1988 Toyota Pickup waater leak

  • 2.0L
  • 4 CYL
  • 2WD
  • 131,000 MILES
I loose about 1 gallon of water every 30 to 40 miles. There is no steaming, no miss, and no visible leak. Took the thermostat out in the pretence of checking the water pump. 2 back surgeries and a hip replacement have prevented that so far. Raced the engine up with thermostat in after it had opened up with radiator cap off and no water movement. Hence the removing the thermostat. It requires a 6 lb radiator cap, so I got a 14 and put on it and water was coming out the exhaust. New radiator, engine has been flushed about 12 times but still losing water. It has a performance cam ( high end ) but at 55 that shouldn[t make a difference. Hope you can help me with this because at this point I am sort of lost. I say sort of because I have been working on one kind of car or another since I was 14. Now at 64 things have gotten harder to do. Thank you in advance because I know you have the answer, robert
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Monday, June 8th, 2015 AT 10:45 PM

1 Reply

You already found the major clue. How can coolant come out the tail pipe?

All of these are typical symptoms of a leaking cylinder head gasket. When combustion gases get pushed into the cooling system, that can pool under the thermostat and prevent it from opening. Thermostats have to be hit with hot liquid to open. Hot air won't do it.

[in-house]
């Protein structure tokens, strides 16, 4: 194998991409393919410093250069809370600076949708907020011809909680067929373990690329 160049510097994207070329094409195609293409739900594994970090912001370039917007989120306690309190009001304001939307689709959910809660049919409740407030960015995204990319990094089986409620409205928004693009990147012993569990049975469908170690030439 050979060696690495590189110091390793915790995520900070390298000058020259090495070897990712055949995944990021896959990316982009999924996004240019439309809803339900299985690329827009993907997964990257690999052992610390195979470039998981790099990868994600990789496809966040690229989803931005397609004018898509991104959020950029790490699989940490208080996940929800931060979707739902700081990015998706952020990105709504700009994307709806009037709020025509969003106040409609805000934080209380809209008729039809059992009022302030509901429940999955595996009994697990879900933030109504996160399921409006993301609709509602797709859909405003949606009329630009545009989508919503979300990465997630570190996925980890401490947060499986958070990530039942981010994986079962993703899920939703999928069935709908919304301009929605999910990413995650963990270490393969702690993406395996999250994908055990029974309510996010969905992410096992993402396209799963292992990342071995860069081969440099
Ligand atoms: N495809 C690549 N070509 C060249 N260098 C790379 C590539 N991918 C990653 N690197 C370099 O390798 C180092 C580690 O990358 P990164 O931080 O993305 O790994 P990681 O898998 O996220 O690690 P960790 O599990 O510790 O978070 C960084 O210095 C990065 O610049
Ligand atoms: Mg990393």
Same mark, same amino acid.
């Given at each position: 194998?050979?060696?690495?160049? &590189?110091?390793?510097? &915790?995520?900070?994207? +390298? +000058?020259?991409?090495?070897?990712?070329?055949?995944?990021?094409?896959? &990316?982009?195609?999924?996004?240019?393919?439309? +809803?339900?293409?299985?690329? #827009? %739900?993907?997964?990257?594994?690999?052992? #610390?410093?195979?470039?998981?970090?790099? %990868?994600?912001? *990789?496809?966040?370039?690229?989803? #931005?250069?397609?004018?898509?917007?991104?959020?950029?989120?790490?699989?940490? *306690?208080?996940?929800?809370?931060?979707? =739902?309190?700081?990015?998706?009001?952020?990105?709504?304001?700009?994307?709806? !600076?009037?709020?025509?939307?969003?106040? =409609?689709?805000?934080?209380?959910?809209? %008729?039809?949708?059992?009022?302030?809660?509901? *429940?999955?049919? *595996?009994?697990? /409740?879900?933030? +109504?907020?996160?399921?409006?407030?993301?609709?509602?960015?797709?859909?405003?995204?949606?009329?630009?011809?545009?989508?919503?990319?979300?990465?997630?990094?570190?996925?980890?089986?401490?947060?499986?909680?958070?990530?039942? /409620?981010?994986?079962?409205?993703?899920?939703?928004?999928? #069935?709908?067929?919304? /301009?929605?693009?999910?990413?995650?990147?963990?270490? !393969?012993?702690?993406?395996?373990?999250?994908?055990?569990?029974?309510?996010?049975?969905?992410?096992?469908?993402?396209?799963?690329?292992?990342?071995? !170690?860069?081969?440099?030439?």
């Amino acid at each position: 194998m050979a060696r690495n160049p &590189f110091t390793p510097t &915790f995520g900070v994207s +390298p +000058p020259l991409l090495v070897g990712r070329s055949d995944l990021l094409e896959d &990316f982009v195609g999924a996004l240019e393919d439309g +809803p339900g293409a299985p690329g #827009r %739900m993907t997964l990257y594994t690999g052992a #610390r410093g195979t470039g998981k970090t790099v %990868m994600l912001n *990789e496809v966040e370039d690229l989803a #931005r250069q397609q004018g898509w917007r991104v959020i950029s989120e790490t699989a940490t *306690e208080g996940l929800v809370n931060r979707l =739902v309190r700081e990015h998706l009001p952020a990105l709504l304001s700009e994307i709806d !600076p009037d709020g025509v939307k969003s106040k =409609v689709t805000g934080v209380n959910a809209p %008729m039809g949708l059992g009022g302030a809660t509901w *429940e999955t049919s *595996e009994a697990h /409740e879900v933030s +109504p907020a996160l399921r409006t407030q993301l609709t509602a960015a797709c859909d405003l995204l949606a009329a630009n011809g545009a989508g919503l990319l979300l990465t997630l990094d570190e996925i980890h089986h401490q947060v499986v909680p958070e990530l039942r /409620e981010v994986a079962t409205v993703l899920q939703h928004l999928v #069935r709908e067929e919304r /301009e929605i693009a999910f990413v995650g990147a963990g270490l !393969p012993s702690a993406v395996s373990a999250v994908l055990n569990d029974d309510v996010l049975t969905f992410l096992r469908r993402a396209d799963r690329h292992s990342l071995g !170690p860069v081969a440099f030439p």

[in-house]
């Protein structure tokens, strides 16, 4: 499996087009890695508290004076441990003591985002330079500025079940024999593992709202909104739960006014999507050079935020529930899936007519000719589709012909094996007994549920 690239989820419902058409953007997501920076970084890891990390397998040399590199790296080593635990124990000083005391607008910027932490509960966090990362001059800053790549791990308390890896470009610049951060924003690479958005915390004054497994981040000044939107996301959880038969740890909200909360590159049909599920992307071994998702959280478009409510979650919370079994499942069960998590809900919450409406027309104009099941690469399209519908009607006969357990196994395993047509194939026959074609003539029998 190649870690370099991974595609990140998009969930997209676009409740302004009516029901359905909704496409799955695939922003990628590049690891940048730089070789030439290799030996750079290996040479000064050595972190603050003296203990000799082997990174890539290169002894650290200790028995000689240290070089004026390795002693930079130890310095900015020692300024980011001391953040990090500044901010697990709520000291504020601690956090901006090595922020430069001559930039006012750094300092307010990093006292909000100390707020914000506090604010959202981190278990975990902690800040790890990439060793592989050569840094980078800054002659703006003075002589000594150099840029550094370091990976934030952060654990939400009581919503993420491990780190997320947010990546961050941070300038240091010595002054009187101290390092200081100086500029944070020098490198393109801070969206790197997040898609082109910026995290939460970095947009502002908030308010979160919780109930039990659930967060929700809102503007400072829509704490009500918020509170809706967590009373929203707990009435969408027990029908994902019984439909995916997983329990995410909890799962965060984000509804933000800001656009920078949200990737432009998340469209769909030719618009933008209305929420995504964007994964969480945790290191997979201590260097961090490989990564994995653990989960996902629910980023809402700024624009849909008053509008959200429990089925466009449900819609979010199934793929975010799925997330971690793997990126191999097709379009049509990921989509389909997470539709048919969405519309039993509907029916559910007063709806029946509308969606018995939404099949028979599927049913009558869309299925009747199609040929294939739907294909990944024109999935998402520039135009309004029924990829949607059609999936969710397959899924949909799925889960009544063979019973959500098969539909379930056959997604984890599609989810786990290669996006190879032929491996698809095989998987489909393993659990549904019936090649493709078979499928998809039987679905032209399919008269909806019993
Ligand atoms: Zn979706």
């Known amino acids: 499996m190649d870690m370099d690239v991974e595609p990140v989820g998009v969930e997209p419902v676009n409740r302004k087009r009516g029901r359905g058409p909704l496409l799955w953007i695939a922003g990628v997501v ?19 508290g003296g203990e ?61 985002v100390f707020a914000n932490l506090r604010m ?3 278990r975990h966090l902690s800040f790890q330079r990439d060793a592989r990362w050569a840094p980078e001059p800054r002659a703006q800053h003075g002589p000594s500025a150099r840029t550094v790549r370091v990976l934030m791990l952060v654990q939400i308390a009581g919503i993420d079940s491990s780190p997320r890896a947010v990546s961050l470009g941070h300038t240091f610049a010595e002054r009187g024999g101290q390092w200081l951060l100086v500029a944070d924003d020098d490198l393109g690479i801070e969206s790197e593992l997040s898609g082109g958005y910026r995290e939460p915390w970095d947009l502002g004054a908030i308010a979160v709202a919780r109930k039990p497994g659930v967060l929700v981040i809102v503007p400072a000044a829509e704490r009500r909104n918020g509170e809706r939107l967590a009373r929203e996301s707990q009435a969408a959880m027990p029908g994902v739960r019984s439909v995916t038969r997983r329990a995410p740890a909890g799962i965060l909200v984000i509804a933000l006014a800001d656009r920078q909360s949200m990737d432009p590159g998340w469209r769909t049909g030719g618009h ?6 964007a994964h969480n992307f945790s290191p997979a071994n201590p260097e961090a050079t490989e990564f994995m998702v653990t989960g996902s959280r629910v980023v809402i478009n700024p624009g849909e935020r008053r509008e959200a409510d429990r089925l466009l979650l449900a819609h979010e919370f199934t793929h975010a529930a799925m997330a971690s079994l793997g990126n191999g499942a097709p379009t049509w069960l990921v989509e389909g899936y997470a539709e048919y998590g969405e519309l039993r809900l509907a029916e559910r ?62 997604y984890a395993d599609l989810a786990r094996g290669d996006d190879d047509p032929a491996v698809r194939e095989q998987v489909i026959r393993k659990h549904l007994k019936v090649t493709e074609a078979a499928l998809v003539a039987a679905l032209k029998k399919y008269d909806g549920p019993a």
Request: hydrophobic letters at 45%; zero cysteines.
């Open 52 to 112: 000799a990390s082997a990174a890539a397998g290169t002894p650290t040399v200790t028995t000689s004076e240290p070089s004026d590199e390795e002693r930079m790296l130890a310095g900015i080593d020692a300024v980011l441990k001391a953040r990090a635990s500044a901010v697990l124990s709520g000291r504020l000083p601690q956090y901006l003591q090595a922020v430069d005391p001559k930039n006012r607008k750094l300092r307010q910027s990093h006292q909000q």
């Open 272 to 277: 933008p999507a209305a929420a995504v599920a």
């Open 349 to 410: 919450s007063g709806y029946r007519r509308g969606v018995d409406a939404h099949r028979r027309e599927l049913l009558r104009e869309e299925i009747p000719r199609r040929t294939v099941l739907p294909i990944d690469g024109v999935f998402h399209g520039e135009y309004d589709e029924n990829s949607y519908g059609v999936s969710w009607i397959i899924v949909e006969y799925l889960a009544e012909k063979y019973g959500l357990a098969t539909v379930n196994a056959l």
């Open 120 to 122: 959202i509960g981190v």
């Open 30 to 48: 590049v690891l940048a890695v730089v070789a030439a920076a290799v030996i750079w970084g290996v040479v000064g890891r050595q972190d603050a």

Next, most cooling systems use a 15 pound radiator cap because the higher pressure makes the water in the coolant boil at a much higher temperature. If yours actually does call for a six pound cap, doubling that increases the maximum pressure that can be reached, and that is going to push coolant into the cylinder even harder and make the problem worse.

There's two tests you can do to verify a leaking head gasket. One is to add a small bottle of dark purple dye to the coolant, then check later with a black light. The dye will show up as a bright yellow stain that you can follow back to the source. If the head gasket is leaking, you'll find the dye inside the tail pipe.

The second test involves drawing air from the radiator, while the engine is running, through a glass cylinder with two chambers partially-filled with a special dark blue liquid. If combustion gases are present, the liquid will turn bright yellow. It's usually less expensive to have your mechanic perform that test. You can borrow that tester from an auto parts store that borrows or rents tools, but they make you buy your own bottle of fluid. That's because it will be rendered inactive if it is allowed to freeze or if it gets contaminated with antifreeze. It's easy to suck up antifreeze if you aren't careful, and since they don't want to risk borrowing you this tool with contaminated fluid, they made the last person buy their own too.
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Monday, June 8th, 2015 AT 11:12 PM

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